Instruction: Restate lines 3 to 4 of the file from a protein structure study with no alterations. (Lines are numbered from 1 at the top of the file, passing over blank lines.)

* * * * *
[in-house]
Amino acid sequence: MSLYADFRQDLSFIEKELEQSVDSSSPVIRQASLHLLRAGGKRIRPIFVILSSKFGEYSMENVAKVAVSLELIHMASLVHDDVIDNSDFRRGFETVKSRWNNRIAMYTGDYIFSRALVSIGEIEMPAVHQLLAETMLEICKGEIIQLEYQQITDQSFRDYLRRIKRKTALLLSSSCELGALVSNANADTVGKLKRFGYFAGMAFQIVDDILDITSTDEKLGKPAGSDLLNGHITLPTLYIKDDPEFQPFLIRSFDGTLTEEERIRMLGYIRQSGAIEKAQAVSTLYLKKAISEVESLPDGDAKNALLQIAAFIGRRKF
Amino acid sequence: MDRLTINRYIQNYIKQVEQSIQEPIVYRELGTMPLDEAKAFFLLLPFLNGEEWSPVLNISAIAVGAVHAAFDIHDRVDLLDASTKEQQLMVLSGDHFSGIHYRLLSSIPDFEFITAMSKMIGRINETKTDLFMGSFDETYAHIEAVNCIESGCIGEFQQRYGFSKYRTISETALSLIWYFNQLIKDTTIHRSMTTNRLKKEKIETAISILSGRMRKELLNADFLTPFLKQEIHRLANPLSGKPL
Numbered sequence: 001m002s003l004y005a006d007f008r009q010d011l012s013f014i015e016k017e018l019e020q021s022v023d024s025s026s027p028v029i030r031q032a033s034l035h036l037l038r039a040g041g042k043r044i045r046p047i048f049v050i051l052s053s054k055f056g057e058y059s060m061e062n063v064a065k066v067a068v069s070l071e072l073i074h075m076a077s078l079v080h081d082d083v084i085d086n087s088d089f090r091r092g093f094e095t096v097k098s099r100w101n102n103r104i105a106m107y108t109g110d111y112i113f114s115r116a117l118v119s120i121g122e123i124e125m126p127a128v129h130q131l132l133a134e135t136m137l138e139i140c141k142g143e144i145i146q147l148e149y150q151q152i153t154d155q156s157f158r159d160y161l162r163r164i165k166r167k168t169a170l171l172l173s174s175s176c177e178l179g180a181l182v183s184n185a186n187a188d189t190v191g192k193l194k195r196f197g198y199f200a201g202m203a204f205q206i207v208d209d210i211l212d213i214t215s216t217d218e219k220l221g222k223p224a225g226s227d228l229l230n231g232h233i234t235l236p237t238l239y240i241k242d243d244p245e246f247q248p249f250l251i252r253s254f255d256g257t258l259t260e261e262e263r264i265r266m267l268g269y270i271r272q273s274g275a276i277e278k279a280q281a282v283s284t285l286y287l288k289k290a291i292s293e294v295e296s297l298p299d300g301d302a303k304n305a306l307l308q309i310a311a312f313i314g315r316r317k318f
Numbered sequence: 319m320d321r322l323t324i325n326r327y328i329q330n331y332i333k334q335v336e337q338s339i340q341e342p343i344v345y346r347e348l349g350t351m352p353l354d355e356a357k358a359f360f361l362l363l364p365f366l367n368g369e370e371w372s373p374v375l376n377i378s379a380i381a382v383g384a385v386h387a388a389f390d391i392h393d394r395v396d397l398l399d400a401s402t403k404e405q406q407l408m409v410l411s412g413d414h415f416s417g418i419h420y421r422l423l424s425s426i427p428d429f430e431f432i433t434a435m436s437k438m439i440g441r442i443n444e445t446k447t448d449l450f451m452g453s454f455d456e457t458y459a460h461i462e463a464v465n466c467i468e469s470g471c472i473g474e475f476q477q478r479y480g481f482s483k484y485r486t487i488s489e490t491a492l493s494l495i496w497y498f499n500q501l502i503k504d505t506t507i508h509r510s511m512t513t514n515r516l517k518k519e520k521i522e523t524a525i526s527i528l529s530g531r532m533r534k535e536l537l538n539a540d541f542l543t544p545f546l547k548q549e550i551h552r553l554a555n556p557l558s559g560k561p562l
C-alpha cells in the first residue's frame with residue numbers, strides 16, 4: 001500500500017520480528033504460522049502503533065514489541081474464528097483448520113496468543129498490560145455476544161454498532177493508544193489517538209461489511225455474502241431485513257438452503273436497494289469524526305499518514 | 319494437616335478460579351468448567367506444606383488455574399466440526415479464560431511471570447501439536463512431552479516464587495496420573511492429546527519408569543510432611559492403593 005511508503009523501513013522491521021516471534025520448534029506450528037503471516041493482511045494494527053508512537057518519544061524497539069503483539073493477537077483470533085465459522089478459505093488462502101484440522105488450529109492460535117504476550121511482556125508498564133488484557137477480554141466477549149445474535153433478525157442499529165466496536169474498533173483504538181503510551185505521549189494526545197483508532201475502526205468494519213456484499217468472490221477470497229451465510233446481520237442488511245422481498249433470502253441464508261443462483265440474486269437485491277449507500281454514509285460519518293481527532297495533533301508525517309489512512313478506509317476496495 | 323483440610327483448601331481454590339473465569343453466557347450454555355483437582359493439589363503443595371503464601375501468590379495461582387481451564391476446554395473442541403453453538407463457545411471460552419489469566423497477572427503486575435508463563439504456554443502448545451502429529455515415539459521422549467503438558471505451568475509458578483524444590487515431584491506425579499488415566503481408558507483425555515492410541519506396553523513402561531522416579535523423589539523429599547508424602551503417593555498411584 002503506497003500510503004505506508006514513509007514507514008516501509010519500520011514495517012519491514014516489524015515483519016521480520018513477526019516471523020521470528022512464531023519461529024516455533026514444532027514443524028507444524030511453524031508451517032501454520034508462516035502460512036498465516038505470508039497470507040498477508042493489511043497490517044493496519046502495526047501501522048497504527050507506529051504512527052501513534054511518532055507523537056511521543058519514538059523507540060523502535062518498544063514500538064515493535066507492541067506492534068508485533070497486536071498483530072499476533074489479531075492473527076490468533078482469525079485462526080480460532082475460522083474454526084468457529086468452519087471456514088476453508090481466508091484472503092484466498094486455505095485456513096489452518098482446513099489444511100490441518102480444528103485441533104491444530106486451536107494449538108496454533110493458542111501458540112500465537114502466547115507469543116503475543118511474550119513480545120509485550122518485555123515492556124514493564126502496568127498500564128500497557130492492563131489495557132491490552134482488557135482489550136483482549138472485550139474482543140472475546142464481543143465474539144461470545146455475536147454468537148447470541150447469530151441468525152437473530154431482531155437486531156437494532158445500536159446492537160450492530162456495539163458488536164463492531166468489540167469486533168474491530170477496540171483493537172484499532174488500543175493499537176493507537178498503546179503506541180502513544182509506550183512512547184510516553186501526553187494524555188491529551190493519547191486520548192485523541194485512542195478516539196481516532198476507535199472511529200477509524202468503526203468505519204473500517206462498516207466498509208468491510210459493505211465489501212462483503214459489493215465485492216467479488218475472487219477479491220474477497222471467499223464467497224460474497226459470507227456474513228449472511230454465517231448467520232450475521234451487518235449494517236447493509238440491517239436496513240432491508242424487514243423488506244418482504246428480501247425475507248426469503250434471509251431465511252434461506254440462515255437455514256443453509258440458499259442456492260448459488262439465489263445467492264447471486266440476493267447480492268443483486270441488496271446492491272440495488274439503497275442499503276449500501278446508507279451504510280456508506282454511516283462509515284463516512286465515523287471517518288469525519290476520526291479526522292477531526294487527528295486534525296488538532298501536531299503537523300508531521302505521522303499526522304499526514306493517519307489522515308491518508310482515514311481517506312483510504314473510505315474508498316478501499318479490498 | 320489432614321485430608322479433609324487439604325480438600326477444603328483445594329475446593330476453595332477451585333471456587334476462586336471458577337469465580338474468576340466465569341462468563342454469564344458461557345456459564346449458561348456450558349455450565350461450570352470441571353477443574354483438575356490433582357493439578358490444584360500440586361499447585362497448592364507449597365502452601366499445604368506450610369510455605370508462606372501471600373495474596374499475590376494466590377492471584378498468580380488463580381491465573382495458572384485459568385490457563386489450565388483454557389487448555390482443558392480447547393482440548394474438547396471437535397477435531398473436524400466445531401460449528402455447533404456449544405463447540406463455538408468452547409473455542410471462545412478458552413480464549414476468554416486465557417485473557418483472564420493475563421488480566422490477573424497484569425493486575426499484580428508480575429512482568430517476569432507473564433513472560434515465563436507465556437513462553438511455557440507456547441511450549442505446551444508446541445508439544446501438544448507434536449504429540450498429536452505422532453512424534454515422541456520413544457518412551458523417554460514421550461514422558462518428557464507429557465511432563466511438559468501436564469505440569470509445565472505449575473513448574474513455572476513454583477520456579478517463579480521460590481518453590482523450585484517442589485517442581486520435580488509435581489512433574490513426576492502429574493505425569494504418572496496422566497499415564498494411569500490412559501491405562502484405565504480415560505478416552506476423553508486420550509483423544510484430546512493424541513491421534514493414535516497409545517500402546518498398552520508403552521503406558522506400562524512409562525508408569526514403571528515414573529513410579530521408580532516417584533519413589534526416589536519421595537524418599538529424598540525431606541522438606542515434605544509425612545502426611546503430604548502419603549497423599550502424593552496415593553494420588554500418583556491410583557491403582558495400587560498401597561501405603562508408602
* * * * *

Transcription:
Amino acid sequence: MDRLTINRYIQNYIKQVEQSIQEPIVYRELGTMPLDEAKAFFLLLPFLNGEEWSPVLNISAIAVGAVHAAFDIHDRVDLLDASTKEQQLMVLSGDHFSGIHYRLLSSIPDFEFITAMSKMIGRINETKTDLFMGSFDETYAHIEAVNCIESGCIGEFQQRYGFSKYRTISETALSLIWYFNQLIKDTTIHRSMTTNRLKKEKIETAISILSGRMRKELLNADFLTPFLKQEIHRLANPLSGKPL
Numbered sequence: 001m002s003l004y005a006d007f008r009q010d011l012s013f014i015e016k017e018l019e020q021s022v023d024s025s026s027p028v029i030r031q032a033s034l035h036l037l038r039a040g041g042k043r044i045r046p047i048f049v050i051l052s053s054k055f056g057e058y059s060m061e062n063v064a065k066v067a068v069s070l071e072l073i074h075m076a077s078l079v080h081d082d083v084i085d086n087s088d089f090r091r092g093f094e095t096v097k098s099r100w101n102n103r104i105a106m107y108t109g110d111y112i113f114s115r116a117l118v119s120i121g122e123i124e125m126p127a128v129h130q131l132l133a134e135t136m137l138e139i140c141k142g143e144i145i146q147l148e149y150q151q152i153t154d155q156s157f158r159d160y161l162r163r164i165k166r167k168t169a170l171l172l173s174s175s176c177e178l179g180a181l182v183s184n185a186n187a188d189t190v191g192k193l194k195r196f197g198y199f200a201g202m203a204f205q206i207v208d209d210i211l212d213i214t215s216t217d218e219k220l221g222k223p224a225g226s227d228l229l230n231g232h233i234t235l236p237t238l239y240i241k242d243d244p245e246f247q248p249f250l251i252r253s254f255d256g257t258l259t260e261e262e263r264i265r266m267l268g269y270i271r272q273s274g275a276i277e278k279a280q281a282v283s284t285l286y287l288k289k290a291i292s293e294v295e296s297l298p299d300g301d302a303k304n305a306l307l308q309i310a311a312f313i314g315r316r317k318f